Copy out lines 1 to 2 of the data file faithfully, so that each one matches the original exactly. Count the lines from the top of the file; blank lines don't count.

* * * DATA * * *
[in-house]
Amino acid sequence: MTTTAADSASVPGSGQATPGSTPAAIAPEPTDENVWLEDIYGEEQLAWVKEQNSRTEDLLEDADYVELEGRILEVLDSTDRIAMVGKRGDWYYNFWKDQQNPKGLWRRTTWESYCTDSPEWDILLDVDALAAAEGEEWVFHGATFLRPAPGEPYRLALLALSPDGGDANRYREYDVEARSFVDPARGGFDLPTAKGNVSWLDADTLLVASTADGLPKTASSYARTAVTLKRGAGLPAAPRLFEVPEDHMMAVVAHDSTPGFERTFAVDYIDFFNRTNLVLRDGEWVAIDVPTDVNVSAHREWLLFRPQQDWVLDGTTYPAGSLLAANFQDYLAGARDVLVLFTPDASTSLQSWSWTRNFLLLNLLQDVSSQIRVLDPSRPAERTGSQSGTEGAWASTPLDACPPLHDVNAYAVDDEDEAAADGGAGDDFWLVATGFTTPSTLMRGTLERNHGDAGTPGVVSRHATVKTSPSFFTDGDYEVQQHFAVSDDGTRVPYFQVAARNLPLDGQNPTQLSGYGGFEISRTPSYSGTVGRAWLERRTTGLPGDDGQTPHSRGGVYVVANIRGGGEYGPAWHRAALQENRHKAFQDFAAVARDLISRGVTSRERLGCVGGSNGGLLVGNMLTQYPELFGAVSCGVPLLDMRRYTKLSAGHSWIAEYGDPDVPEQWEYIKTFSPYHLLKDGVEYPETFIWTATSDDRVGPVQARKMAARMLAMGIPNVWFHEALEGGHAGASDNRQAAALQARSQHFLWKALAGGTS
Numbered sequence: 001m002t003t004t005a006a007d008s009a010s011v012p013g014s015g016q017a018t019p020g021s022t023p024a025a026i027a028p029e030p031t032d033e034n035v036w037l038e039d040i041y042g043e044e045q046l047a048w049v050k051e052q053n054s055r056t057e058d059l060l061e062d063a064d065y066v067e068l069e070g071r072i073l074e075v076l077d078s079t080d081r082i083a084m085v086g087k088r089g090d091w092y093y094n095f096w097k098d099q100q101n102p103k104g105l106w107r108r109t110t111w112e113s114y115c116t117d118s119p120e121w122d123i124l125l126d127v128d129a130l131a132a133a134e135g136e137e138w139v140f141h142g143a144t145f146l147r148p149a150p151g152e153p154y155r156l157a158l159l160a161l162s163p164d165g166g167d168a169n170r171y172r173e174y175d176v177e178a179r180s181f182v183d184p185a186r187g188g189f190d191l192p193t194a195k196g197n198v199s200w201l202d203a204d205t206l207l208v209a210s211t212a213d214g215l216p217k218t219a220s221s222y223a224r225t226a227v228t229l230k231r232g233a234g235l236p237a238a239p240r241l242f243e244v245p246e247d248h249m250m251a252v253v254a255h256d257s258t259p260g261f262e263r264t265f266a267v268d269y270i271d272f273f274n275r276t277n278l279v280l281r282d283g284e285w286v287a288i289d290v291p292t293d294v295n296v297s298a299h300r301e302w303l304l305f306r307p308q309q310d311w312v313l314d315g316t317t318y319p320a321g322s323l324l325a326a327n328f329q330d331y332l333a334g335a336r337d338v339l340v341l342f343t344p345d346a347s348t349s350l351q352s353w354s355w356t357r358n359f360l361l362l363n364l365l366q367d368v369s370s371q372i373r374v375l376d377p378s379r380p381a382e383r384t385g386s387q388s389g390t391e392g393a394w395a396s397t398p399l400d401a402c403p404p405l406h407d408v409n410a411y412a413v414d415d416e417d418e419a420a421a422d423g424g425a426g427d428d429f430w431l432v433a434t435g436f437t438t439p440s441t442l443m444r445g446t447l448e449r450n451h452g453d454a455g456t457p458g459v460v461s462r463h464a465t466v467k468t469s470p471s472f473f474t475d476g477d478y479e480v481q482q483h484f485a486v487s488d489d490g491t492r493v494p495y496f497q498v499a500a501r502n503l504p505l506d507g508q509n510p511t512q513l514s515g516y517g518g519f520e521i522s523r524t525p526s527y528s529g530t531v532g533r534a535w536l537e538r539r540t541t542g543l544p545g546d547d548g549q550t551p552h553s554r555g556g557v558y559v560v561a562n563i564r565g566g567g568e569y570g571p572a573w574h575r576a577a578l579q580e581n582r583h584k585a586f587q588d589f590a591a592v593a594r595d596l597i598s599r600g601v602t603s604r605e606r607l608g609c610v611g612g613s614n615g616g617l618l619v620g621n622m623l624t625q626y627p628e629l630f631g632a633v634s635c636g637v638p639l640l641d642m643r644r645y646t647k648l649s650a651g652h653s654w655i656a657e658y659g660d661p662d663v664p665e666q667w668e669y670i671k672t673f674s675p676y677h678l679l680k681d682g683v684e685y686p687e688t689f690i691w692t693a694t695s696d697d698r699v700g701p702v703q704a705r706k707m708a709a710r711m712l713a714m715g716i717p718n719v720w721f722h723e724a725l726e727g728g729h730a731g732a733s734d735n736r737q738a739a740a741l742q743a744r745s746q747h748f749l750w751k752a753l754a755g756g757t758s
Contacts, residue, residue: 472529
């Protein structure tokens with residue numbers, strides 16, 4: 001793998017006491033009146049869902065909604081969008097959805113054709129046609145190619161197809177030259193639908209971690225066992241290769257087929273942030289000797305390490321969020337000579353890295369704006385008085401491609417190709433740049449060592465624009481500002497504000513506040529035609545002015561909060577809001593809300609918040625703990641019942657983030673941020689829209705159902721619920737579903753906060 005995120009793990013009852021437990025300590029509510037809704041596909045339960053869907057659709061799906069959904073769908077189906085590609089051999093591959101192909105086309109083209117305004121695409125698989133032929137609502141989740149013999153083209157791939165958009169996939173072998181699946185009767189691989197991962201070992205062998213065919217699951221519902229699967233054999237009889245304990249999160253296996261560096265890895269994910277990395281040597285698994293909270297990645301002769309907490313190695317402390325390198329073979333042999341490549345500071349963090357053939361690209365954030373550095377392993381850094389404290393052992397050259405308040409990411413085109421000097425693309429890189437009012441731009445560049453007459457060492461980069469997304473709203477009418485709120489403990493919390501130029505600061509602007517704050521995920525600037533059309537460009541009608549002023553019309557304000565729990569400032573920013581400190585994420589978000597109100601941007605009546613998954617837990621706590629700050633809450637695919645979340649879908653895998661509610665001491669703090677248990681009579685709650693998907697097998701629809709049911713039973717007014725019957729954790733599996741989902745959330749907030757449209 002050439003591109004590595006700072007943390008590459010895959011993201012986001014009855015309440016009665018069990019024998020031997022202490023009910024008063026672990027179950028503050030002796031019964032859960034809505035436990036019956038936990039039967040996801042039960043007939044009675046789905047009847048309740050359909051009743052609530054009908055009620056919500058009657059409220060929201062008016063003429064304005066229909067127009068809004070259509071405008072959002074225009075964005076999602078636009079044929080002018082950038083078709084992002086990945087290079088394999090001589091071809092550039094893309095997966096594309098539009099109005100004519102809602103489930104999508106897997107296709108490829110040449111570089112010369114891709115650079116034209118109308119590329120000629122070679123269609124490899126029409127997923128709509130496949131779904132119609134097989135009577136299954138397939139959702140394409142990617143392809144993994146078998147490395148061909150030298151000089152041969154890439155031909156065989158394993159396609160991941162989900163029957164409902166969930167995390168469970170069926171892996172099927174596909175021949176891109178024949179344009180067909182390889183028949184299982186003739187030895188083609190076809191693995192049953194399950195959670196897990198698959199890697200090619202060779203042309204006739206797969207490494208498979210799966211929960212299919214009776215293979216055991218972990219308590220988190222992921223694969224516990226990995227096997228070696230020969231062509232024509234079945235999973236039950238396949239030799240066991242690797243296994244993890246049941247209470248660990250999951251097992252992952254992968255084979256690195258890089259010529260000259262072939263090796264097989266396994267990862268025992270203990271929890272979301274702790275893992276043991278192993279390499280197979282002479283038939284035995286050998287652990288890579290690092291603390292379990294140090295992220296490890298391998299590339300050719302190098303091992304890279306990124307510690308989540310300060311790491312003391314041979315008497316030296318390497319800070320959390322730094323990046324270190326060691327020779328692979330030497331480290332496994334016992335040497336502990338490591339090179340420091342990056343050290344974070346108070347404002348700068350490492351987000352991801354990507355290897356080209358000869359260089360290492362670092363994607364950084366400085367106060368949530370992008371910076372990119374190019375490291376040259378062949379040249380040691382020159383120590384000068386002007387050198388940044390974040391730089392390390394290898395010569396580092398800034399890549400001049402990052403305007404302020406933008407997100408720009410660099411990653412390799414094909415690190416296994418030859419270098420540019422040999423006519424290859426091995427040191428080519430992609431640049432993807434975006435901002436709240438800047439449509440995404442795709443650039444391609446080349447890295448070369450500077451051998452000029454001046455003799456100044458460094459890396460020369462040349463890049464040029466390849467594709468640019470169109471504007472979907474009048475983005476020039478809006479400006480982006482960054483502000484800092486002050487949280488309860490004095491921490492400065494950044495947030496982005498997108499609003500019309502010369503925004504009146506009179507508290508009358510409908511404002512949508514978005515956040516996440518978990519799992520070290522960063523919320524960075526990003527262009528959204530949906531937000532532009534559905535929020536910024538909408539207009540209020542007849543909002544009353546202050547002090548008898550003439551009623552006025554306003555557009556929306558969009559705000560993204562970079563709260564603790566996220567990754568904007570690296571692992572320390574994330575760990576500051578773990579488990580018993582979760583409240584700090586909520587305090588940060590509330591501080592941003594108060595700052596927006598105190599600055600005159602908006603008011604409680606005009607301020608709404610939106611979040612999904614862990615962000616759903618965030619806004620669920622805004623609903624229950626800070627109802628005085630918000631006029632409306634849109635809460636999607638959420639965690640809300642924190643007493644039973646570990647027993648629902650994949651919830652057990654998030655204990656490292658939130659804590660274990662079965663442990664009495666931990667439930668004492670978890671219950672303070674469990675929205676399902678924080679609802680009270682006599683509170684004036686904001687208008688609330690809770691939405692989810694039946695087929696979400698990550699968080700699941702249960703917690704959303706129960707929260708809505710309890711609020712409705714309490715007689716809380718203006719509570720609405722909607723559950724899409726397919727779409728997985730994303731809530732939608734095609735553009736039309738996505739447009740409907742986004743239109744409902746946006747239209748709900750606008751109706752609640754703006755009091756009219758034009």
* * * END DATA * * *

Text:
[in-house]
Amino acid sequence: MTTTAADSASVPGSGQATPGSTPAAIAPEPTDENVWLEDIYGEEQLAWVKEQNSRTEDLLEDADYVELEGRILEVLDSTDRIAMVGKRGDWYYNFWKDQQNPKGLWRRTTWESYCTDSPEWDILLDVDALAAAEGEEWVFHGATFLRPAPGEPYRLALLALSPDGGDANRYREYDVEARSFVDPARGGFDLPTAKGNVSWLDADTLLVASTADGLPKTASSYARTAVTLKRGAGLPAAPRLFEVPEDHMMAVVAHDSTPGFERTFAVDYIDFFNRTNLVLRDGEWVAIDVPTDVNVSAHREWLLFRPQQDWVLDGTTYPAGSLLAANFQDYLAGARDVLVLFTPDASTSLQSWSWTRNFLLLNLLQDVSSQIRVLDPSRPAERTGSQSGTEGAWASTPLDACPPLHDVNAYAVDDEDEAAADGGAGDDFWLVATGFTTPSTLMRGTLERNHGDAGTPGVVSRHATVKTSPSFFTDGDYEVQQHFAVSDDGTRVPYFQVAARNLPLDGQNPTQLSGYGGFEISRTPSYSGTVGRAWLERRTTGLPGDDGQTPHSRGGVYVVANIRGGGEYGPAWHRAALQENRHKAFQDFAAVARDLISRGVTSRERLGCVGGSNGGLLVGNMLTQYPELFGAVSCGVPLLDMRRYTKLSAGHSWIAEYGDPDVPEQWEYIKTFSPYHLLKDGVEYPETFIWTATSDDRVGPVQARKMAARMLAMGIPNVWFHEALEGGHAGASDNRQAAALQARSQHFLWKALAGGTS